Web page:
Eight books to read over break


Photo by Ellie Albin

With so much time off from school, now is a great time to read, whether you are an avid reader or looking to become one.

There has never been a better time to sit down and read a good book. With people practicing social distancing and school being canceled, schedules can be adjusted to make time to read books you have always wanted to enjoy. If you do not have an ongoing list of books to check off, though, fear not; here is a list of books for a wide array of interests. 

Please note that both the Fishers and Noblesville Hamilton East Public Library locations will be closed until at least April 13 due to coronavirus concerns. However, the books listed can be downloaded as eBooks on many platforms. If these books do not interest you, Project Gutenberg is a great place to search for eBooks, and Norton, the security service, verifies that it is a safe source to download books from. 


For the realistic fiction lover: Heretics Anonymous by Katie Henry

Michael has moved many times in his life. He has never gone to a Catholic school before, though, which becomes a bit of a problem due to one thing: he is an atheist. He makes a friend on his first day, Lucy, a devout yet forward-thinking Catholic, who introduces him to a club no one knows about – Heretics Anonymous. He instantly finds a place he fits in and soon persuades the group to try and help him challenge the authority of the school. 

The best part of this book is the way the friends challenge each other. Though it leads to constant bickering, they genuinely hold each other to certain moral standards and call each other out for breaking those standards. The characters bring unique perspectives on religion that many kids would usually back away from. Even Michael, an atheist, provides deep insight as to why he believes what he believes, and, through his perspective, we are able to understand and respect why others follow what they follow.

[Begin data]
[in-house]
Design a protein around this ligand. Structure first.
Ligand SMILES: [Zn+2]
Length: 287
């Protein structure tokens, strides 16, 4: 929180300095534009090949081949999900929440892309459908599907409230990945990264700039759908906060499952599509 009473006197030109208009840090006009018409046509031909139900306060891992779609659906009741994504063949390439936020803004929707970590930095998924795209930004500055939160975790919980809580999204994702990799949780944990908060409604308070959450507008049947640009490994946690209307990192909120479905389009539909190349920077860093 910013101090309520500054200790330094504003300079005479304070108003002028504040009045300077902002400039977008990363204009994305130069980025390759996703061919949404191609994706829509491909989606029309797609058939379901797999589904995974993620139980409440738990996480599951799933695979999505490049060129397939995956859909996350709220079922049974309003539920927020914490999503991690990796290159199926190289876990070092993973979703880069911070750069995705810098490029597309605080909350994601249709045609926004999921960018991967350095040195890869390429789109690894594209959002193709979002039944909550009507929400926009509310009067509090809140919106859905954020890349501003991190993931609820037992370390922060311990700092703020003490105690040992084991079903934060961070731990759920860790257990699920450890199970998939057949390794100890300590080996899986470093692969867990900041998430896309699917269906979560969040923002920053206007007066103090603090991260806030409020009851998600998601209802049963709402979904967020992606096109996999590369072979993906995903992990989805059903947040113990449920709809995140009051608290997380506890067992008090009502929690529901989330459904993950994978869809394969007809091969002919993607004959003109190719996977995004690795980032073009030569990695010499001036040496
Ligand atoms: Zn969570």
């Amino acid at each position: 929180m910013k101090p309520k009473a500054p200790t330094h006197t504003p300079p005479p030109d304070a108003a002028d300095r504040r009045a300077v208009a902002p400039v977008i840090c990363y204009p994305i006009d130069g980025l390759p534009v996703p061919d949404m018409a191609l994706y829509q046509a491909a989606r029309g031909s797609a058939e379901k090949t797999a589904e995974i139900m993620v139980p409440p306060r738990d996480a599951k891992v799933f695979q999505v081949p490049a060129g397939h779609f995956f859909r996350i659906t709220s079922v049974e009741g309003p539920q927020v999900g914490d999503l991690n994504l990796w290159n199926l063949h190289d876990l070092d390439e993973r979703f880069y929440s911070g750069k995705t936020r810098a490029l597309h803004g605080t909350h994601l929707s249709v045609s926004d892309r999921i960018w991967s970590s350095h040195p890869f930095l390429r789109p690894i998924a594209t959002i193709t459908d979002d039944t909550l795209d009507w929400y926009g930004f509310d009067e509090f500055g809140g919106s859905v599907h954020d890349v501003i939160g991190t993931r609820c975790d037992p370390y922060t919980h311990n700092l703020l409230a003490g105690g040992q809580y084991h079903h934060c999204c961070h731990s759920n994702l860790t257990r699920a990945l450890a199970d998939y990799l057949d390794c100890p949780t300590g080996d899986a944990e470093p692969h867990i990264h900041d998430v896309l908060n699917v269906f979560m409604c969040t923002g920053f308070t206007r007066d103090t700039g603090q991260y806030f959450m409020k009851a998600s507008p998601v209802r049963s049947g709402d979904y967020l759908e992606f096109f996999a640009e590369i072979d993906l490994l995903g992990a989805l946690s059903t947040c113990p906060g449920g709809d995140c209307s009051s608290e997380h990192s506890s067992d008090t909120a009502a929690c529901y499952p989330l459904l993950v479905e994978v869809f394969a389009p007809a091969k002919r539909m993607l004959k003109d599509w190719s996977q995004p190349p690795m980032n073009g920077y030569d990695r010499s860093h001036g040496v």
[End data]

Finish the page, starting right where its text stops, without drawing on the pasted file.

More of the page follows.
For someone who likes the concept of Heretics Anonymous, but maybe wants something a little darker: Brutal Youth by Anthony Breznican

St. Michael’s, a Catholic school, is encompassed by corruption, declining enrollment and a poor reputation. When three freshmen, Peter, Noah and Lorelei, try to combat intimidating upperclassmen who spend their time torturing and bullying underclassmen, they are met with no help and support from fellow students, staff or their families. 

Brutal Youth explores the controversies of Catholic school like Heretics Anonymous, but it does so with a much darker, more disturbing tone. The main characters are all incredibly flawed – not a single one comes from a completely stable background – making for a heartbreaking book. The novel focuses on schools having the so-called “tradition” of torturing underclassmen, but the students take it many steps too far. So, if you really want to read a fictional book about Catholic school but want something a bit darker than Heretics Anonymous, this is the way to go. 


For the person in the mood to root for the underdog: The Absolutely True Diary of a Part-Time Indian by Sherman Alexie

Junior lives on a Spokane Indian reservation. He spends most of his life being bullied for his stutter and lisp, coping with his parents’ alcoholism and a distant sister. When freshman year begins at Wellpinit High School, an incident involving Junior and a teacher causes him to be suspended. Junior soon after begins life at a new school in the very white town of Rearden, which is 22 miles from home – and he travels there every day.

I have never read a book that is so full of equal parts bitter and sweet. Even though it really is cheesy to say this, Junior’s perseverance is emotional to read about. Junior faces betrayal, violence and bullying in a manner that everyone can applaud and love because he battles it so well. Oh, and he loves to draw cartoons, which are often featured in the book – and play a vital role in his life.


For the fantasy lover: Carry On by Rainbow Rowell

During his final year at Watford School of Magicks, Simon Snow, a magician, tries to cope with encounters with the Humdrum, the villain of the story, who happens to look just like him. Along with Humdrum problems, Simon’s girlfriend, Agatha, breaks up with him, his roommate Baz is missing and the ghost of Baz’s mom, Natasha Grimm-Pitch, asks Simon to avenge her death.

I love Harry Potter, but I love getting a different take on what a “magical” world, of sorts, would look like. Rowell’s book has dark moments, like much of the Harry Potter series does, but it does a nice job of counteracting that with humor and the relatable awkwardness of the characters.